Artist Adam Nudelman asks himself why he always paints shoes? Behind these objects lies a story about family and loss.
NARRATOR: I'm always asked why I paint shoes. My poppy was a shoemaker. He was kind-- gentle but quiet. Except for work, he lived a frugal existence in almost complete isolation and squalor.
As far as I know, we were the only visitors to set foot inside their house. We only ever entered the back kitchen area. All the other rooms remained a complete mystery.
My great-aunt Manya rarely emerged from her self-imposed bedroom exile. As a child, I would sense her loneliness and sadness eking out through the keyhole.
My nana was once a very strong woman. She would regularly disappear into one particularly mysterious room, reemerging with gifts of socks, stockings, shoes, and sandals.
It was not until I stood beside my poppy's deceased body at the Jewish funeral parlor that I first truly realized my grandparents were Jewish. He-- along with my nana, great-aunt Manya, dad-- immigrated from Poland to Australia in late 1940s. They had somehow survived the Nazi persecution of the Jews.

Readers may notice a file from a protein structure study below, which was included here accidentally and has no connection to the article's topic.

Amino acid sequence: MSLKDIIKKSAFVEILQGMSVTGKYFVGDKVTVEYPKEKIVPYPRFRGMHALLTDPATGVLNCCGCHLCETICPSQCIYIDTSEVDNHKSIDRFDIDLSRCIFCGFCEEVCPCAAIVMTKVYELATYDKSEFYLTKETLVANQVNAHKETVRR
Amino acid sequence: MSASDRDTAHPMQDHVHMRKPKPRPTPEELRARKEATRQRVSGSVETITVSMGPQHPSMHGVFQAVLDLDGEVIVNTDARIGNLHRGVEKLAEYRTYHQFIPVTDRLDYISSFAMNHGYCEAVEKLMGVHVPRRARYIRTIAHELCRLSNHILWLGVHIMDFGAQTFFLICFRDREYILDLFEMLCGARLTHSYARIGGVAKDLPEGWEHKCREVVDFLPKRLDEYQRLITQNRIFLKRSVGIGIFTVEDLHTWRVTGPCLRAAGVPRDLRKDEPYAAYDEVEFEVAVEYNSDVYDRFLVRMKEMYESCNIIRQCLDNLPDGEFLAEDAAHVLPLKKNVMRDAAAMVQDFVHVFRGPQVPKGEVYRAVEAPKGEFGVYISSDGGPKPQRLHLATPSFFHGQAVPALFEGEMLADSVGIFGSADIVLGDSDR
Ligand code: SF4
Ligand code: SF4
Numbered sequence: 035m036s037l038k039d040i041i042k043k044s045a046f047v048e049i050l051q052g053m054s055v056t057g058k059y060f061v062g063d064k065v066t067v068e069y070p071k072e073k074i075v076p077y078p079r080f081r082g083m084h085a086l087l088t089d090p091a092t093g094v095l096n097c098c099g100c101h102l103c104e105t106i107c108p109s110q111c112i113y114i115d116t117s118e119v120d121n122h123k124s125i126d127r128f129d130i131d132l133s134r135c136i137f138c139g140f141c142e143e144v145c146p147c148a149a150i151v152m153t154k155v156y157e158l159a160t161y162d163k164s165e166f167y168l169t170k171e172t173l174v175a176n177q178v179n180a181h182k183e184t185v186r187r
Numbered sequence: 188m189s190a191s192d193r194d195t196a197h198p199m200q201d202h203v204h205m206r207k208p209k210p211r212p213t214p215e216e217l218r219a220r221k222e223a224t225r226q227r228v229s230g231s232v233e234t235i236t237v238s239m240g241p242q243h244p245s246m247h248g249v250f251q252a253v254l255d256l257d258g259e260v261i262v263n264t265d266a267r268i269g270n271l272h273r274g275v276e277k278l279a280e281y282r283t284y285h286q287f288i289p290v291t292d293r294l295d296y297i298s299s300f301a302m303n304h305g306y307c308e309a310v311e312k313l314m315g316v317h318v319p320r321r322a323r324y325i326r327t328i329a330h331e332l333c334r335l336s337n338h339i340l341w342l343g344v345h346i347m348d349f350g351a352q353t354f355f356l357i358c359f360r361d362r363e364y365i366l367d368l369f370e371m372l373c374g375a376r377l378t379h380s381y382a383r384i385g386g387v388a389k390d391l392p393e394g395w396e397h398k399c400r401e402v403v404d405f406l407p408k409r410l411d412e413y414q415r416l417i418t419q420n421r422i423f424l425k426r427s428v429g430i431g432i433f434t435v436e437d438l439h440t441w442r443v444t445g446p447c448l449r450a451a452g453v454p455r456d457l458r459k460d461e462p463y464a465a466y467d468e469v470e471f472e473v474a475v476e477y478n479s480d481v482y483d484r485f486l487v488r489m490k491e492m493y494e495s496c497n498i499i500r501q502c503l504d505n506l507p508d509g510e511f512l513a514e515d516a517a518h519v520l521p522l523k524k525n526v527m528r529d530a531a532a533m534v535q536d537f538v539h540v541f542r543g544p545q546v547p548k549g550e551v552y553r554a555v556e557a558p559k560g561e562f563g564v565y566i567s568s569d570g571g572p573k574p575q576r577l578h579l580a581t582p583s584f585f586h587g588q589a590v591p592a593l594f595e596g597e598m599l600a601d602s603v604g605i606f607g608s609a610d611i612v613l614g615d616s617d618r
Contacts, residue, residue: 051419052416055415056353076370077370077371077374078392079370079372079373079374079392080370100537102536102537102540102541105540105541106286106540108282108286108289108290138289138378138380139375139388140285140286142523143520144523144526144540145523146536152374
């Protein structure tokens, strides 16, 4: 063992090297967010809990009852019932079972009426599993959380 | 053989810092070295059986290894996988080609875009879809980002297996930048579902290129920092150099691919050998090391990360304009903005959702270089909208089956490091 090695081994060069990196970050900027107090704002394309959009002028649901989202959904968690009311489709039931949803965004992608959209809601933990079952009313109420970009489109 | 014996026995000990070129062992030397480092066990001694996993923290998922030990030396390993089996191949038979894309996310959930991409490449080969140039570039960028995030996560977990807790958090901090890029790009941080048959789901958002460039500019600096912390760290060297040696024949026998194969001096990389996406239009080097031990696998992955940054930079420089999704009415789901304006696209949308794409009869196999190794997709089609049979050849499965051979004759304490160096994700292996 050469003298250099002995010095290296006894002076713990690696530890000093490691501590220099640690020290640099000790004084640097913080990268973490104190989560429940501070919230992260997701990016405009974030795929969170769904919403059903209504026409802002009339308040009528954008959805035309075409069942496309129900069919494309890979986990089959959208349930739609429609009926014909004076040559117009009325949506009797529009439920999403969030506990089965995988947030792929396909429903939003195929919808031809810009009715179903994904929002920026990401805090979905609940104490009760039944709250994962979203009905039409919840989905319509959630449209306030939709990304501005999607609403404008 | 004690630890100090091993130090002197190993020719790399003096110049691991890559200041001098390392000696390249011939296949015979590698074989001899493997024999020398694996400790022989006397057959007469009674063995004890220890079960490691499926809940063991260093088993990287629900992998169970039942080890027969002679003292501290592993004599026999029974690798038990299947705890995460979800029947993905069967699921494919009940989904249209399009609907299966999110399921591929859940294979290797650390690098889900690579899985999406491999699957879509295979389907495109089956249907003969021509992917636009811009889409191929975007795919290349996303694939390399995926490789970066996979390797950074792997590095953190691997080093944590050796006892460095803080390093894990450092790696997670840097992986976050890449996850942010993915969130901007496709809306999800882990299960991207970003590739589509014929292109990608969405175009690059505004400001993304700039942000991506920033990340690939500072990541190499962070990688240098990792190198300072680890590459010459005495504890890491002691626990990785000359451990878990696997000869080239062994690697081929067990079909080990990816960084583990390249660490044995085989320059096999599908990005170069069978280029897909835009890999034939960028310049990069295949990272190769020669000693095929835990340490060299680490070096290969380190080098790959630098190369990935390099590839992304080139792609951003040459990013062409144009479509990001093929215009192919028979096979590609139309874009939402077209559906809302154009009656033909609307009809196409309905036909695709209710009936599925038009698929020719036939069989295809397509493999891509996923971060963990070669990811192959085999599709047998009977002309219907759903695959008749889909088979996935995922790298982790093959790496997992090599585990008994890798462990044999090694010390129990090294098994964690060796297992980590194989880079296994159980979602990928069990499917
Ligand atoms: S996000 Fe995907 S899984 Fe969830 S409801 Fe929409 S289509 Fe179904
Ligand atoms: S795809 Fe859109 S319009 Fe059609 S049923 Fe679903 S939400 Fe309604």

My father and I had to clean up their house. What we found were rooms stuffed full to ceiling with rags, boxes, clothes, and other general bits and pieces. My nana's gift room was full, floor to ceiling, with brand new shoes still in their boxes. These had been left over from my poppy's shoe shop.
Within my paintings, I continually return to motifs such as shoes, shoe boxes, wooden dolls, towels, and humanless landscapes. I see these as vessels or narratives, each potentially containing small snippets of information about my grandparents and their families in that moment in history which had perversely affected them.
My discovery of my Jewish background has led me to explore and question my own identity. That's why paint.